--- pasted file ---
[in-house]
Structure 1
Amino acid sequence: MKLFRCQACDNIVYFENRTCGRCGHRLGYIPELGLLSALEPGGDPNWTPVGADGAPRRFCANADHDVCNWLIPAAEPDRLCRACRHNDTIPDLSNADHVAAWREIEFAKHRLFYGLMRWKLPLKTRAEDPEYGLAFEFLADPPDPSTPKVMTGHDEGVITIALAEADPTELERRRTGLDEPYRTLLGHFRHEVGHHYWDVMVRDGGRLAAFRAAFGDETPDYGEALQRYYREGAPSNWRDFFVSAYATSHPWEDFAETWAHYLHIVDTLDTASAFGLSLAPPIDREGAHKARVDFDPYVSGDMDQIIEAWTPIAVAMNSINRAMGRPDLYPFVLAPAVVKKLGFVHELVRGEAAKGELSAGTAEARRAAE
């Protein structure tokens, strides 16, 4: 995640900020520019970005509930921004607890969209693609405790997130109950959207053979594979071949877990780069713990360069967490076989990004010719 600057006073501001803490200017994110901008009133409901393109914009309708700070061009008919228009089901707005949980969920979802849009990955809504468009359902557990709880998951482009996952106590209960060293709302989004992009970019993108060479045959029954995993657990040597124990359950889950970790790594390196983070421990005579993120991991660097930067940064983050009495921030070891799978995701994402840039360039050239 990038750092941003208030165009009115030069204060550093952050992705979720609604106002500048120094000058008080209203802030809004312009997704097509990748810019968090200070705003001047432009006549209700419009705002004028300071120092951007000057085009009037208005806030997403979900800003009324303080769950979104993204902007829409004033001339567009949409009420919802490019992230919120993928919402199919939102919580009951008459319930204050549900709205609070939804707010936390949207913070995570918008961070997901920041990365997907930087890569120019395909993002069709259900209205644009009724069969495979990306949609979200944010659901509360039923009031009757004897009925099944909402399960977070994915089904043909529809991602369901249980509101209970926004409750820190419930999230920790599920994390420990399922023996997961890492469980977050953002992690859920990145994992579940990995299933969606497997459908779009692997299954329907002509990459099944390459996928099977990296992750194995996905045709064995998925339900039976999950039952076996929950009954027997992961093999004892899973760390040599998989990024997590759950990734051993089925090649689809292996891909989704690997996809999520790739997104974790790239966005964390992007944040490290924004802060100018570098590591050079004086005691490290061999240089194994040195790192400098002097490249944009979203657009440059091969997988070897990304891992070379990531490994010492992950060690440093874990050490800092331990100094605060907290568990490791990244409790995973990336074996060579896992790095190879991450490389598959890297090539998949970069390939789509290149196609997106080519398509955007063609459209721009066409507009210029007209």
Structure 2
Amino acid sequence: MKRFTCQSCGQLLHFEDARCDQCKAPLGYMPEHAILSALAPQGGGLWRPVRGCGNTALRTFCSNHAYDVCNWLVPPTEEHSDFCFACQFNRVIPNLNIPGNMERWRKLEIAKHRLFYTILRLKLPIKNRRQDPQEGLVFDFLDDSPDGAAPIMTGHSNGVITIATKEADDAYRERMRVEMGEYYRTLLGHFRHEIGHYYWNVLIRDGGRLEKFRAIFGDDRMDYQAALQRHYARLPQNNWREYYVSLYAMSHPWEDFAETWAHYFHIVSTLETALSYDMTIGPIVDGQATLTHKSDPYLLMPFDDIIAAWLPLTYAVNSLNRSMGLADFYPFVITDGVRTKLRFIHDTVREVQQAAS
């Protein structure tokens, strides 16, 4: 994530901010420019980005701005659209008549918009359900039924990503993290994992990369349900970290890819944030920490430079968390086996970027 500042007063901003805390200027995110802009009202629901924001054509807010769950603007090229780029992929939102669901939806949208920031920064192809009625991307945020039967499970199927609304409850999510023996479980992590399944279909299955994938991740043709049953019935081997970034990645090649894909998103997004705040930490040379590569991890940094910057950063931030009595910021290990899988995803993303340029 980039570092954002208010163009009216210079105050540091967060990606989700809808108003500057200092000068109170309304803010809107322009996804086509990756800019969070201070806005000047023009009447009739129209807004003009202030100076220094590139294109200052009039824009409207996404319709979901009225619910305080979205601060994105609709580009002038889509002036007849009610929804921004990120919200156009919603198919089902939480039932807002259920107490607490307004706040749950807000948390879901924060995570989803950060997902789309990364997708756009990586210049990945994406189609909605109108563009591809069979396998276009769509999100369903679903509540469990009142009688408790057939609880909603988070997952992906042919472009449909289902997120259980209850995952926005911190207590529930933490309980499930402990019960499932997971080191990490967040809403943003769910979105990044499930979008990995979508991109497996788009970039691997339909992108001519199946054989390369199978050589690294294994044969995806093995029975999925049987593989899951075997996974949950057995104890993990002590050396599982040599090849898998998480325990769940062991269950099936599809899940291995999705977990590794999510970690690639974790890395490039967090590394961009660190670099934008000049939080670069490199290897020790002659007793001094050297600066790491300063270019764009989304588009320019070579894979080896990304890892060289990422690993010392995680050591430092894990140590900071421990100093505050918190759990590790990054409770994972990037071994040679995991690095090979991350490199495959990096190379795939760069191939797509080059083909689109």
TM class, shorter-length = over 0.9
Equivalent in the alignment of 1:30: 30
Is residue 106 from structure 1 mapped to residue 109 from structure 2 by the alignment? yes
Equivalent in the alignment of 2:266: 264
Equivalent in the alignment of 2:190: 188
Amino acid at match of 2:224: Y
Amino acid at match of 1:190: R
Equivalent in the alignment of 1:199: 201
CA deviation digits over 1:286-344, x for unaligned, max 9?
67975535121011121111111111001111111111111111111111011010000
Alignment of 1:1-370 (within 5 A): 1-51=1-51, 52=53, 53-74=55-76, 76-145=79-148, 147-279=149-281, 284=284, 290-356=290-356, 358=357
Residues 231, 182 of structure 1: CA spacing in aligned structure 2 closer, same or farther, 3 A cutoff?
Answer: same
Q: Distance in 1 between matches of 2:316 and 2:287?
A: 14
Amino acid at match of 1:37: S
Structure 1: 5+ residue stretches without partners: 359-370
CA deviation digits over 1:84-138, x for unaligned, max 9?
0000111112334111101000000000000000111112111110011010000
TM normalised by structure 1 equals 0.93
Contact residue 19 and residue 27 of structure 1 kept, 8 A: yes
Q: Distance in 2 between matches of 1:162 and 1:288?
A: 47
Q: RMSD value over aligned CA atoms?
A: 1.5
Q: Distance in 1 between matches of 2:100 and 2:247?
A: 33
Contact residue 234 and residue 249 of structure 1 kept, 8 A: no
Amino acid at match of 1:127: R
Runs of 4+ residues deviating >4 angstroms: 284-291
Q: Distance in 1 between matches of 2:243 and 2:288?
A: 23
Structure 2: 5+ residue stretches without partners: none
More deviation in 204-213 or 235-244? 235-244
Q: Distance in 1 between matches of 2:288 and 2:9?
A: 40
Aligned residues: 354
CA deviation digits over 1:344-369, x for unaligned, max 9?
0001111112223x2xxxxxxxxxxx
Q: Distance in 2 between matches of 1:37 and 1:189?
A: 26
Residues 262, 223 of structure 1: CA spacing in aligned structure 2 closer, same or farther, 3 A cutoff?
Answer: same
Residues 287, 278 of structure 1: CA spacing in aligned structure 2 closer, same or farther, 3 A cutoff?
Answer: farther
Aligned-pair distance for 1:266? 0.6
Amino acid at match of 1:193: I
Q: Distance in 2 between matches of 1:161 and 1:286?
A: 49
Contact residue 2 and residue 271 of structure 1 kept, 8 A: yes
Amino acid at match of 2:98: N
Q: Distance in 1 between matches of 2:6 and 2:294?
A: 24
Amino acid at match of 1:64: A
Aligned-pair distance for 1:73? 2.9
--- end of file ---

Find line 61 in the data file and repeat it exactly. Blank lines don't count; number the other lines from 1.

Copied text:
Amino acid at match of 1:64: A